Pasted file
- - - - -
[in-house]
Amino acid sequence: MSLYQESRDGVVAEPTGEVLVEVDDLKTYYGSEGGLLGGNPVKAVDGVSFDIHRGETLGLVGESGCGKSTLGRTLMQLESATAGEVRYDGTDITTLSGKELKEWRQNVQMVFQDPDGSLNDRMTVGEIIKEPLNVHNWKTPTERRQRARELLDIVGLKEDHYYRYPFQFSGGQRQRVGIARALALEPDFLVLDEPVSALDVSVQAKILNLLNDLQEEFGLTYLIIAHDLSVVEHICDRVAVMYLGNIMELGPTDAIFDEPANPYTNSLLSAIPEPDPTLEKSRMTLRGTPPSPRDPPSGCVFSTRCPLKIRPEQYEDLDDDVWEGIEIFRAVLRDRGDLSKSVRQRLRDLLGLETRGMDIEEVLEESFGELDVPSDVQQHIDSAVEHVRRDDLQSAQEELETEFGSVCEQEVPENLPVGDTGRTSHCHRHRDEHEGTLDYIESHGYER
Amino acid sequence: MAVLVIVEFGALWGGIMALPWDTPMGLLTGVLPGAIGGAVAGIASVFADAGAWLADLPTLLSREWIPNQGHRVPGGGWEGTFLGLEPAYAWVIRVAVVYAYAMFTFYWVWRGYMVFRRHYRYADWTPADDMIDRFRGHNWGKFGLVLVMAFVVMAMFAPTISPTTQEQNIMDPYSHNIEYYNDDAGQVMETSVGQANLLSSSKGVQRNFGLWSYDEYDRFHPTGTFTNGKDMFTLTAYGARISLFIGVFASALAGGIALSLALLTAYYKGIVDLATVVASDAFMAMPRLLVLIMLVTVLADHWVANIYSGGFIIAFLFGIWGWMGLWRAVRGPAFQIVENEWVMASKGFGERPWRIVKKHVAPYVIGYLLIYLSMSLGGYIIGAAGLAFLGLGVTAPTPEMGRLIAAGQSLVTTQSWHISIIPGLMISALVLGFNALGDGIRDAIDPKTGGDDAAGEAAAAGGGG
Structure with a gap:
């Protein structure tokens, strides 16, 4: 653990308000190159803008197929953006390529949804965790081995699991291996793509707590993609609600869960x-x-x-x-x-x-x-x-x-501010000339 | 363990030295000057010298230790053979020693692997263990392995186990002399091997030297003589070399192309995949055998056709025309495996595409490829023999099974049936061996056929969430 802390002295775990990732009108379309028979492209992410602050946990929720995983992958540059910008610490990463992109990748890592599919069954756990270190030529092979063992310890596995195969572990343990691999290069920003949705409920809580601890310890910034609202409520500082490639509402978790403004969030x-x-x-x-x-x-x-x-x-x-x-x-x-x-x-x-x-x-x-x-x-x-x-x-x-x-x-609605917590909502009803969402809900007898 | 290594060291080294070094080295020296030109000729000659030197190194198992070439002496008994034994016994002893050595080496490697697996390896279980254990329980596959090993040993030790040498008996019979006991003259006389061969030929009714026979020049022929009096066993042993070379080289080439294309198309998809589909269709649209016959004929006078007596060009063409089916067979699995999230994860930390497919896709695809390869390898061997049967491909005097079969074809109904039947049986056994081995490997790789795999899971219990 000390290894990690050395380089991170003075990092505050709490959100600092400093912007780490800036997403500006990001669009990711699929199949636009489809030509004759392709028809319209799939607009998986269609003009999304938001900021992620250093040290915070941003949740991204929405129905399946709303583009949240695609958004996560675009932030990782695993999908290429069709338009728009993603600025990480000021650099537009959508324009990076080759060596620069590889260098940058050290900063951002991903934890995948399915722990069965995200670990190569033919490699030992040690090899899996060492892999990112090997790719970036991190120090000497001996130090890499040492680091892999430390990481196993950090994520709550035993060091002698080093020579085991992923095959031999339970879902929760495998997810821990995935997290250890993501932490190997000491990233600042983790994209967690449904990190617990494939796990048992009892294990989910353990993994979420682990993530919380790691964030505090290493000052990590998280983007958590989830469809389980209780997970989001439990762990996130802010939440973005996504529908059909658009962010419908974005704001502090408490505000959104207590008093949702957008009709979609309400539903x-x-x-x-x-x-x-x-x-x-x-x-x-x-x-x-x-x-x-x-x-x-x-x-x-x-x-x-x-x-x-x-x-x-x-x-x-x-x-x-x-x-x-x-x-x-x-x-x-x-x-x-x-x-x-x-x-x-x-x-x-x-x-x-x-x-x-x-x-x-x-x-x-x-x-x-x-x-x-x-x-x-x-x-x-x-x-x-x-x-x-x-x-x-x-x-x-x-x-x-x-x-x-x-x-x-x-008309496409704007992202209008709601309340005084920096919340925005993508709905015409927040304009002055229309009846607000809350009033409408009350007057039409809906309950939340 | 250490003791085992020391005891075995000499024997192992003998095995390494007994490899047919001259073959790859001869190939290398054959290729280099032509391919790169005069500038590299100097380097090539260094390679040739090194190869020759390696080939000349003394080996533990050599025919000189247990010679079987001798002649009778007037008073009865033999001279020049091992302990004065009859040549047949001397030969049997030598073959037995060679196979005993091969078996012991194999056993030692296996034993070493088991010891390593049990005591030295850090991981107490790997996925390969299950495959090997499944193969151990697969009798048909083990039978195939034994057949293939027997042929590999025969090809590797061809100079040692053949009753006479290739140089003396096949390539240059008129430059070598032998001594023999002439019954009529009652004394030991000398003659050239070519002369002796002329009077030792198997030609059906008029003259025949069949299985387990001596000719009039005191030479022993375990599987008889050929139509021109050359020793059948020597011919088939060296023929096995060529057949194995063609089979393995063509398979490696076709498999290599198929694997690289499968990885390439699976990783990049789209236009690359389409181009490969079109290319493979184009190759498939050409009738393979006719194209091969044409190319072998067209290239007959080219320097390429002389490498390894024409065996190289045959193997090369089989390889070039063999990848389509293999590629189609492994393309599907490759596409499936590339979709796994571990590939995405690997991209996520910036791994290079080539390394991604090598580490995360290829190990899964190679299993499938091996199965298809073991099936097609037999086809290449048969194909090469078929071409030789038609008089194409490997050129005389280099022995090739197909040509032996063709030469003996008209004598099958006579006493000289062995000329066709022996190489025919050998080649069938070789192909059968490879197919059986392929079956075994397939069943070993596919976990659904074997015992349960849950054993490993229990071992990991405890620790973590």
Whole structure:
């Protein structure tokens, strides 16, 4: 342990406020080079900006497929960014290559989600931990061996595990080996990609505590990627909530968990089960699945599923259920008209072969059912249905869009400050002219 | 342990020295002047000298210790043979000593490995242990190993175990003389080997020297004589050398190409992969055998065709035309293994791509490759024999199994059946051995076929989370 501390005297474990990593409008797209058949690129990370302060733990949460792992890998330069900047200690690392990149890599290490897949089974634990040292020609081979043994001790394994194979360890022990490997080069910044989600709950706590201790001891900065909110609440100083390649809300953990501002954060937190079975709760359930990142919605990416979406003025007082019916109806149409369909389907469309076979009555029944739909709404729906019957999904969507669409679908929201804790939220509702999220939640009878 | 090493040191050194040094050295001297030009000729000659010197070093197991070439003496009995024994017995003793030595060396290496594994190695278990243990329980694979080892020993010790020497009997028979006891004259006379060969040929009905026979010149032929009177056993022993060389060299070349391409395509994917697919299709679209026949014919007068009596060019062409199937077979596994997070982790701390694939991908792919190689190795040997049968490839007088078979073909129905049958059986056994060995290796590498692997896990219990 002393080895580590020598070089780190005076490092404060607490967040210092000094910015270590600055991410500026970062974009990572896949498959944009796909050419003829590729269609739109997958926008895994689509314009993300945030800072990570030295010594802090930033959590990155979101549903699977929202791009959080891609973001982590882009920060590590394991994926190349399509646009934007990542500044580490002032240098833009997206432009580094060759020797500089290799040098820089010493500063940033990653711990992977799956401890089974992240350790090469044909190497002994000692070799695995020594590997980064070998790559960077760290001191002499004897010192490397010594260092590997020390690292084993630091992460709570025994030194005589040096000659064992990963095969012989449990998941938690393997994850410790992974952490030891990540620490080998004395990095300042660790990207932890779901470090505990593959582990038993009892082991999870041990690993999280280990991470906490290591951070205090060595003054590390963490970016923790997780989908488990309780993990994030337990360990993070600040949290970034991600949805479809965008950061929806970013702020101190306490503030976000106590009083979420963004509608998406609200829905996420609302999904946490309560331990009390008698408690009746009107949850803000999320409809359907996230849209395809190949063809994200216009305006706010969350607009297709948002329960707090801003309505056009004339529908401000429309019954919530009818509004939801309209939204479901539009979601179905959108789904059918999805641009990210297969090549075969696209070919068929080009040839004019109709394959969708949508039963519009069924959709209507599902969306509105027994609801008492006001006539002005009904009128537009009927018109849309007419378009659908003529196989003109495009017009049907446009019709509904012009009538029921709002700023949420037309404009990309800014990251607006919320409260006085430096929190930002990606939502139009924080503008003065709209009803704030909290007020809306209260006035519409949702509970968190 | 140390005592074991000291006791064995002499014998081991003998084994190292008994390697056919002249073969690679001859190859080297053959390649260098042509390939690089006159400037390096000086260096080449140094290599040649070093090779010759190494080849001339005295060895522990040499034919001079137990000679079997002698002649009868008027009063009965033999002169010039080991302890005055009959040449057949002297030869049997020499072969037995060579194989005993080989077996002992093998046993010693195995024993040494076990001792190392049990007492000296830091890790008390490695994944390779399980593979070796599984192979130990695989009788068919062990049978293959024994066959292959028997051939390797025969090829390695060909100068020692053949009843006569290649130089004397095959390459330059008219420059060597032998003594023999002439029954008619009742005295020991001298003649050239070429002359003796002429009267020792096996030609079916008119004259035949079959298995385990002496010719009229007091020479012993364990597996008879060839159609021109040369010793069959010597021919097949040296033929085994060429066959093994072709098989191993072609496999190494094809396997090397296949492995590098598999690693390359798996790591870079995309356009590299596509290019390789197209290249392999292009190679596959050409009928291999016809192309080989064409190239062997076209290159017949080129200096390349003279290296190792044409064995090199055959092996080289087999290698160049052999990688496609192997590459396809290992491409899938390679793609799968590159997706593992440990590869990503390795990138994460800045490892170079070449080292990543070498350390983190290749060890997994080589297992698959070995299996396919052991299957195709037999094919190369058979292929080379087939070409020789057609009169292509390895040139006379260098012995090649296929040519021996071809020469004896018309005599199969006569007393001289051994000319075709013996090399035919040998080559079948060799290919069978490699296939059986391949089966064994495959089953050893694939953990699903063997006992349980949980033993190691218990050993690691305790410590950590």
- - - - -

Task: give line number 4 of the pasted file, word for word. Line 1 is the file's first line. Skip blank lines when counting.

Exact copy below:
Structure with a gap: